Nonprofit was a 501(c)(6) corporation whose members were comprised of, among others, approximately 600 independent insurance agencies across Indiana. Its function was to provide legislative and regulatory assistance to members. During the tax years, For-profit leased the property to Nonprofit free of charge and without a written lease.  For-profit provided “Errors and Omissions” coverage to Nonprofit’s members at discounted rates.  Income generated from these activities was used to pay the salaries and staff at the property and to finance Nonprofit’s ongoing educational programs, such as pre-licensure education and continuing education courses for insurance producers and applicants.

The building included a large classroom, conference rooms, and office space.  Classes were conducted on the property throughout the tax years. Nonprofit offered multiple professional designation courses.  Its representatives were also involved in developing educational programs at the university and high school levels.

Taxpayers had conducted a time study regarding use of the building space. The study concluded that the property was predominately used for education.

The Assessor charged that Nonprofit was a trade association involved in advocating the interests of its members before the legislature and providing insurance-related education.  Citing the Indiana Supreme Court’s decision in Department of Local Gov’t Finance v. Roller Skating Rink Operators Ass’n, 853 N.E.2d 1262 (Ind. 2006), the Assessor argued that helping a trade organization’s members to better operate their businesses failed to support application of the educational use exemption. The Assessor’s position was that “[p]romoting products and helping members to sell those products is not an exempt activity.”  To support an exempt use, the education provided must benefit the public – not the presenter.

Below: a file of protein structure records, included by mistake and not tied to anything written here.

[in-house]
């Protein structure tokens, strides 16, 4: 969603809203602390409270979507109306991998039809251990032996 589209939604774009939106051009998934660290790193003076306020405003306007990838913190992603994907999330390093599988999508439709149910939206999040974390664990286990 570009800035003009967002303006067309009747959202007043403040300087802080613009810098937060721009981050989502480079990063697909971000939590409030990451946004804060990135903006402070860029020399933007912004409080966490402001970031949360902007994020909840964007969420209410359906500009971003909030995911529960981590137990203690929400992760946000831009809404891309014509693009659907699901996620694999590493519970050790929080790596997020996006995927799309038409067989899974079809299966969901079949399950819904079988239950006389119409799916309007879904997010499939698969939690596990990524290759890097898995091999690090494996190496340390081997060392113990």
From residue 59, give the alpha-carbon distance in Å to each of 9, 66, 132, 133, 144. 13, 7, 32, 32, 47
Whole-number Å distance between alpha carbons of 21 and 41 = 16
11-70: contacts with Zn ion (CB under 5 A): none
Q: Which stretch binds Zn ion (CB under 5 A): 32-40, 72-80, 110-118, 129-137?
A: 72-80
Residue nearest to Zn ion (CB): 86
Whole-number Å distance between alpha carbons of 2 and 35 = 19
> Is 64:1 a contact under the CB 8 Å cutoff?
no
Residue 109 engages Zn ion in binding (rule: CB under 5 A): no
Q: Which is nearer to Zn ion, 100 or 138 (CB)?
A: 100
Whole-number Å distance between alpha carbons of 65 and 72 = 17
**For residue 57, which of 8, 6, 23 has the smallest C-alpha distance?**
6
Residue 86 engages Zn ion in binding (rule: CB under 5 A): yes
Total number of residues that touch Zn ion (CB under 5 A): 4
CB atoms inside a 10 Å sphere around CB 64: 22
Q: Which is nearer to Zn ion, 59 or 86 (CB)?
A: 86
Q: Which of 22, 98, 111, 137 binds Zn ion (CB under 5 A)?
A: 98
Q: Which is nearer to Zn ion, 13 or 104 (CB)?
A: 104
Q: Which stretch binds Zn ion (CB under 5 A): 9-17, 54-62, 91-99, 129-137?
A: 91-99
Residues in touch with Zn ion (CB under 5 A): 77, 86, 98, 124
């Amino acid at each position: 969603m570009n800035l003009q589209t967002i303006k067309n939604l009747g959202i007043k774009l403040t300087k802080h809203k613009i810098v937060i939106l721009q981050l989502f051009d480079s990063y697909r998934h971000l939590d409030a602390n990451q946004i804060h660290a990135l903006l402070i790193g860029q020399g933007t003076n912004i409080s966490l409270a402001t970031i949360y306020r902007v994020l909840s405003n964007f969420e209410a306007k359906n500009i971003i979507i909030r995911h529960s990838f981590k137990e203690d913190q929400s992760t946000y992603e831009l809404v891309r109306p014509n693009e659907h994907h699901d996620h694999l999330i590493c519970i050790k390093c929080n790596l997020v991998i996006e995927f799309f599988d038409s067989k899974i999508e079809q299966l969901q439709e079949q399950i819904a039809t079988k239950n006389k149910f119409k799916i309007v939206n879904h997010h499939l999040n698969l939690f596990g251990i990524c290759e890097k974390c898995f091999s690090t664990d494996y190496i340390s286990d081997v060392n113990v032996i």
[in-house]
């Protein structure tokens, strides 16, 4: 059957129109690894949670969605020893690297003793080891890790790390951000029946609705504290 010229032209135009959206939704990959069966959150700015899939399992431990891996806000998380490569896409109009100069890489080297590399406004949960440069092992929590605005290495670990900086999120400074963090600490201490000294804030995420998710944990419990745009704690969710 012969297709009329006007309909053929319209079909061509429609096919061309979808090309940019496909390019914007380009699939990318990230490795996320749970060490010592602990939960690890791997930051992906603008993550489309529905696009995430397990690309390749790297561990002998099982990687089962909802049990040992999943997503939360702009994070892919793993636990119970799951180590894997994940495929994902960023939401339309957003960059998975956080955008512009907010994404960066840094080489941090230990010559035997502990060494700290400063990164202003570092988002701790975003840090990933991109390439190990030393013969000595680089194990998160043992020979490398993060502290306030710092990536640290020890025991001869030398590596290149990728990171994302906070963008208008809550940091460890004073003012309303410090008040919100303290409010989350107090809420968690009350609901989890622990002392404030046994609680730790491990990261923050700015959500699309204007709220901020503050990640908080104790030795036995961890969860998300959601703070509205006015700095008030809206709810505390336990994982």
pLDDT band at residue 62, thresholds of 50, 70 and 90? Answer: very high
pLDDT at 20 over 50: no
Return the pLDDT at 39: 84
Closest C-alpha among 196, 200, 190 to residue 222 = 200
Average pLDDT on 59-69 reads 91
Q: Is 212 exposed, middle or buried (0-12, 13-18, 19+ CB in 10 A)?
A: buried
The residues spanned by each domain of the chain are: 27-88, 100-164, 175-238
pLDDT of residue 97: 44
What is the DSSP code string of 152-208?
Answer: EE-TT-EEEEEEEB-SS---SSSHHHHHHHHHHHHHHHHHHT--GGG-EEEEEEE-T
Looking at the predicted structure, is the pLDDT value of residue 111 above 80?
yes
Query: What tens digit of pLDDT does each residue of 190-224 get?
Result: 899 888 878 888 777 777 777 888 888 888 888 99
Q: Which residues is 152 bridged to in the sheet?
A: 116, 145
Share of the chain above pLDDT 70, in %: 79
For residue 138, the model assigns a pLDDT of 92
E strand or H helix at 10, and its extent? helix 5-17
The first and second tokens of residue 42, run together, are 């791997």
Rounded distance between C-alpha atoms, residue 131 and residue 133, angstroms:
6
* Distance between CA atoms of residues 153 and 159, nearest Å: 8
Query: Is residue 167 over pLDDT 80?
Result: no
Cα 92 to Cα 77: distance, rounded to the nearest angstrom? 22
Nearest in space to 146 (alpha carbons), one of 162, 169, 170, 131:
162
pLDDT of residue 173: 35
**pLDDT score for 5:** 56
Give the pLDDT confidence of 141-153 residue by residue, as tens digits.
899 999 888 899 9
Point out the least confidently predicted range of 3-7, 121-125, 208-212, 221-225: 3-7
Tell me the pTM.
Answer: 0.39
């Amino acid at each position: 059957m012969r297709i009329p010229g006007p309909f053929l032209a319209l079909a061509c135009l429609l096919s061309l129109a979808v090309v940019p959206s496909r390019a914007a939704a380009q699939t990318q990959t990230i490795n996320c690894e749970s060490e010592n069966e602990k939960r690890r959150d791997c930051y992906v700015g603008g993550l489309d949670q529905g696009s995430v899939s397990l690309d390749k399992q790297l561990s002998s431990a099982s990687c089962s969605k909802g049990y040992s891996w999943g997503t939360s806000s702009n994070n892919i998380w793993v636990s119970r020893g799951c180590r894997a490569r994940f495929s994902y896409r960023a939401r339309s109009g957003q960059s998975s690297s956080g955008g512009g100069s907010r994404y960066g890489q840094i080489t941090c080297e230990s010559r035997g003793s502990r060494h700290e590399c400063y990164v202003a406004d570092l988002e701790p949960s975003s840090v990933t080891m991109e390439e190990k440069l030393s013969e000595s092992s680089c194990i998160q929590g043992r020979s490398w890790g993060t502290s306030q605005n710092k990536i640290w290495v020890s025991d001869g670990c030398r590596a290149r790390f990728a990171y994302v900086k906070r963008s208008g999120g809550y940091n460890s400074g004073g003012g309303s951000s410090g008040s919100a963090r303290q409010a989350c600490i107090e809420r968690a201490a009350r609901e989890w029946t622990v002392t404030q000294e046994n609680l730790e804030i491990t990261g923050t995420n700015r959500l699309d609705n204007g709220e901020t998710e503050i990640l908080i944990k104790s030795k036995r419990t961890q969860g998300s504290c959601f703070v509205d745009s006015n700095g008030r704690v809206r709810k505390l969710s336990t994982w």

The Board concluded that the facts in Roller Skating Rink Operators directly applied to this case. (Page 13, ¶ 41.)  The taxpayer in that decision was a nonprofit corporation that provided classes to rink operators and owners. A trade association, its purpose was to foster the professional development of its members.  The Indiana Supreme Court applied the “public benefits test,” where a taxpayer must prove there is an “educational purpose” that confers a public benefit justifying the loss of tax revenue. (Page 13, ¶ 43) (quotation omitted).  The Board observed that the “crux of the decision in Roller Skating Rink Operators was the finding by the Board that to the extent any educational training is provided through the taxpayer’s activities, it is merely incidental to the promotional activities of the organization.” (Page 14, ¶ 44) (internal quotations, brackets omitted; emphasis in original).  Moreover, the Court concluded that the programs of a trade association directed to the development of its members’ private businesses do not support application of the educational purpose exemption. Id. (quotation omitted).  The Board likewise concluded “that the typical educational activities offered by trade associations are not sufficient for an exemption.” Id.

The Board assumed a unity of ownership, occupancy and use of the subject property by Taxpayers.  The evidence established that Nonprofit’s members were part of a highly regulated industry and that Taxpayers had acquired “a large degree of influence over insurance regulation.”  (Page 15, ¶ 47.)  It did not, however, prove that Taxpayers’ “efforts have the interest of the public, rather than [Nonprofit’s] members, at heart.” Id.  Taxpayers failed to show how “their trade union operates differently from other trade unions representing dozens of other state-regulated professions.” Id.